Every good boulderer knows the importance of a beanie. Not just to look stylish, but to conserve precious body heat whilst walking around without your shirt on (don't you know you lose 90% of your body heat through your head?). In case you haven't seen all the horrific images of empty shelves in beanie departments around the globe, you may already be too late to stock up on beanies to make it through this pandemic. While several bottom-feeders stock-piled beanies before the shelves went bare, both Kijiji and Craigslist have agreed to stop letting people sell beanies through their sites. Now is also a good time to learn how to knit your own beanie. What, have you got something better to do?
  •  The Get Strong aka The Lockdown

    The Get Strong aka The Lockdown

Become a Prepper
Visionary climbers and conspiracy theorists alike have been planning for a climbing apocalypse for some time. If you look back through public records, you can see that over the past 10 years, the 1% has slowly been buying up mountain ranges and boulder fields across America. Rumour has it that Bill Gates bought 19,000 acres of the Andes mountain range right before he gave his now infamous 2015 Ted Talk warning of a worldwide viral collapse. Imagine all the FA's he now has at his fingertips. But it's not just the 1% that have been preparing for a global quarantine. Climbers around the world have slowly been amassing sheets of plywood and polyurethane holds, building home gyms with names like: The Bunker, The War Room, The Fallout and Grimes's Playground. Those in the OC inner circle recently reported that a prominent Ontario climber changed the name of his extensive home gym from The Get Strong to The Lockdown. Coincidence? I think not.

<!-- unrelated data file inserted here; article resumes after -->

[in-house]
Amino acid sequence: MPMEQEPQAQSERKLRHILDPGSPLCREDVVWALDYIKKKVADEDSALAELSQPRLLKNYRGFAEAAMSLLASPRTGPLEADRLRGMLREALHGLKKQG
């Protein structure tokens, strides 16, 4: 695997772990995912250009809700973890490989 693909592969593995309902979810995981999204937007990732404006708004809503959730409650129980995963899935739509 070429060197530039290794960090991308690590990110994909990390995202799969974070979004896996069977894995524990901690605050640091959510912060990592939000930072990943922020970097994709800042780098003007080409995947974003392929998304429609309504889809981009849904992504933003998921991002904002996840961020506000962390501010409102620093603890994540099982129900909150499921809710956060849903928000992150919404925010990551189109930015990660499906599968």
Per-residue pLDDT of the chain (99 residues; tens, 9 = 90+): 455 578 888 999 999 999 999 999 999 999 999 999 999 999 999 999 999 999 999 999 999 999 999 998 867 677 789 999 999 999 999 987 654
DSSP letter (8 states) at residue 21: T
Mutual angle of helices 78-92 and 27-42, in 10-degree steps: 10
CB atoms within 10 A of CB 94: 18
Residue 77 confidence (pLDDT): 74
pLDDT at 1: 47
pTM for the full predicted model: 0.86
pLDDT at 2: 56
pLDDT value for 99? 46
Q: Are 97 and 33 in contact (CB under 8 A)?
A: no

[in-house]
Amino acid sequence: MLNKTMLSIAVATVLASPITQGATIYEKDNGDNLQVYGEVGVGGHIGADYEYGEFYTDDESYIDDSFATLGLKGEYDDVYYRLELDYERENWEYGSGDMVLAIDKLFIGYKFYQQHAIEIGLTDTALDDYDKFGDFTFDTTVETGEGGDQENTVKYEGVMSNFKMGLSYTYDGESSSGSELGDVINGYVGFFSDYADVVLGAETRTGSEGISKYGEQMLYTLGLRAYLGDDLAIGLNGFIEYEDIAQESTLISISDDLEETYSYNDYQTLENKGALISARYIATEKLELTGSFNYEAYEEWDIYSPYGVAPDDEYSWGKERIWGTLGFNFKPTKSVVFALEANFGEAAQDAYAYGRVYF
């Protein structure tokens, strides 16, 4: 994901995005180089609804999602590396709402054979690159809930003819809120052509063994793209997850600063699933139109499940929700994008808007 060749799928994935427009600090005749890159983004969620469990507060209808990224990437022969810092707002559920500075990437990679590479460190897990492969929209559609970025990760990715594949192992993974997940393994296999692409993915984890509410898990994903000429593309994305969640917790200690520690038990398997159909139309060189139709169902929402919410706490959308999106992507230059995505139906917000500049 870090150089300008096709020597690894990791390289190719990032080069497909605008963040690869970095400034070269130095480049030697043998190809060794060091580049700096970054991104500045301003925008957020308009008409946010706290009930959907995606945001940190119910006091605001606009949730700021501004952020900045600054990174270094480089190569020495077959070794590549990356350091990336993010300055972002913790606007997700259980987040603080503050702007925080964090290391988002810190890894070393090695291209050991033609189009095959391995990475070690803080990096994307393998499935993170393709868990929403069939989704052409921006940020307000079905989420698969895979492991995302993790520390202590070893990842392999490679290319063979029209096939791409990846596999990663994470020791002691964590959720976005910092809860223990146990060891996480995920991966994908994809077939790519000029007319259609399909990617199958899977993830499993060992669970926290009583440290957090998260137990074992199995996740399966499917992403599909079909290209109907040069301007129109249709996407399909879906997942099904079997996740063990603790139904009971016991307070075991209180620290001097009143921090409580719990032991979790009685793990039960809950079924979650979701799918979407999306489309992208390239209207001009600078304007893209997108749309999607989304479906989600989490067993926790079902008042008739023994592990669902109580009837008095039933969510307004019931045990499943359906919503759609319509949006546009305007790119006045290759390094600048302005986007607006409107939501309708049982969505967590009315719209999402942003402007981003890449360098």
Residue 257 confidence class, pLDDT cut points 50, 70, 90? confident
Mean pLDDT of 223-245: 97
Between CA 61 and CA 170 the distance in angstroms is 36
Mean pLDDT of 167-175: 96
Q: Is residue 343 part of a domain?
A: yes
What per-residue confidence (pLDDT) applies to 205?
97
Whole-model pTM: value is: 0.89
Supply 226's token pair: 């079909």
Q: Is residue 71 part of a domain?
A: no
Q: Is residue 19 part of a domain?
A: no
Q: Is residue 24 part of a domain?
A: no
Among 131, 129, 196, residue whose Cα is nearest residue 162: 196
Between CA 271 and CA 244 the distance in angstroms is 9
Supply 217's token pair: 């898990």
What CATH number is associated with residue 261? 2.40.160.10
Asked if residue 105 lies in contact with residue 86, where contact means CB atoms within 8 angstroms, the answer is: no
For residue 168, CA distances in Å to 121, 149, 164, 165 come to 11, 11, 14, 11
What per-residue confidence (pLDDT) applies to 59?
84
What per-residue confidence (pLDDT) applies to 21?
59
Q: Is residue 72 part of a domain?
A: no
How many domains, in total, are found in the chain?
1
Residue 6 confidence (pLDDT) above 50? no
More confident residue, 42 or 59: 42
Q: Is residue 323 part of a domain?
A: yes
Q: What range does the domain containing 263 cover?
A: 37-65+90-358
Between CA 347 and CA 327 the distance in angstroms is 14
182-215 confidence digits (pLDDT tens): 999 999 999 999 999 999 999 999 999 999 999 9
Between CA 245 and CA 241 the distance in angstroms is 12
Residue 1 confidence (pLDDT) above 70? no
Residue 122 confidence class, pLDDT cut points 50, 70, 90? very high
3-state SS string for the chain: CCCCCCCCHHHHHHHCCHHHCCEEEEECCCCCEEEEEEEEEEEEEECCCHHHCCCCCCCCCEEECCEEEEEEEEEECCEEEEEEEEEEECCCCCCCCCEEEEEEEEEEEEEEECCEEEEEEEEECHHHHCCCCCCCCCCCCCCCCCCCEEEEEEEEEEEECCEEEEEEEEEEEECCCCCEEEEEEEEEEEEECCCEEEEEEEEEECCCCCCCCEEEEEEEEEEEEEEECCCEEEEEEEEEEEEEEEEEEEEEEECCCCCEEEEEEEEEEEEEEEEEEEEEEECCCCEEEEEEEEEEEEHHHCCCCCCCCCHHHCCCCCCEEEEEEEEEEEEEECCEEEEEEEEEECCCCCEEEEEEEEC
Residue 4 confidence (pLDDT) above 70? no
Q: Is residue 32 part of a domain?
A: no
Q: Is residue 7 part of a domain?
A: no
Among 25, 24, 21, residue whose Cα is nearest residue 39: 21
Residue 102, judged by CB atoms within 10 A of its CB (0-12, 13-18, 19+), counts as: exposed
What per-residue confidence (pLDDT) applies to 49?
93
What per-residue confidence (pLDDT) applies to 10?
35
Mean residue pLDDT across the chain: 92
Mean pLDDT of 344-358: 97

•  Learn to Solo

    Learn to Solo

Learn to Solo
Sidestepping the discussion entirely as to whether or not now is the time to be grabbing hold of germ-infested polished limestone in the out-of-doors, social distancing norms have made belaying profoundly irresponsible. This is the perfect time to take up soloing. Not only does this allow you more than recommended two meters of separation between yourself and others, but soloing also helps put life into perspective. As human beings, we are always balancing precariously over the abyss of life. You know, the subtle place between majesty and total collapse. Nothing says "Holy Fuck" quite like being a few hundred feet above your last piece. Really makes you think. Plus, in the event that things don't go as planned in your new soloing foray, the likelihood of you putting unnecessary strain on our medical system is pretty slim to none (think morgue, not rescue team).
Join the discussion of this and other climbing related stories at www.ontarioclimbing.com/forum/
Buddysnack is an accomplished OntarioClimbing.com forum bard and prominent online route developer (famous for his discovery of the legendary GMAC). He is credited with starting the short-lived but infamous shirtless/jeans ice climbing craze. He has also been climbing in Ontario long enough to remember a time before hammocks, drones and polished holds. His insights into the obscure aspects of climbing humour and culture have made him an inspiring trendsetter and motivational icon for the next generation of future climbers.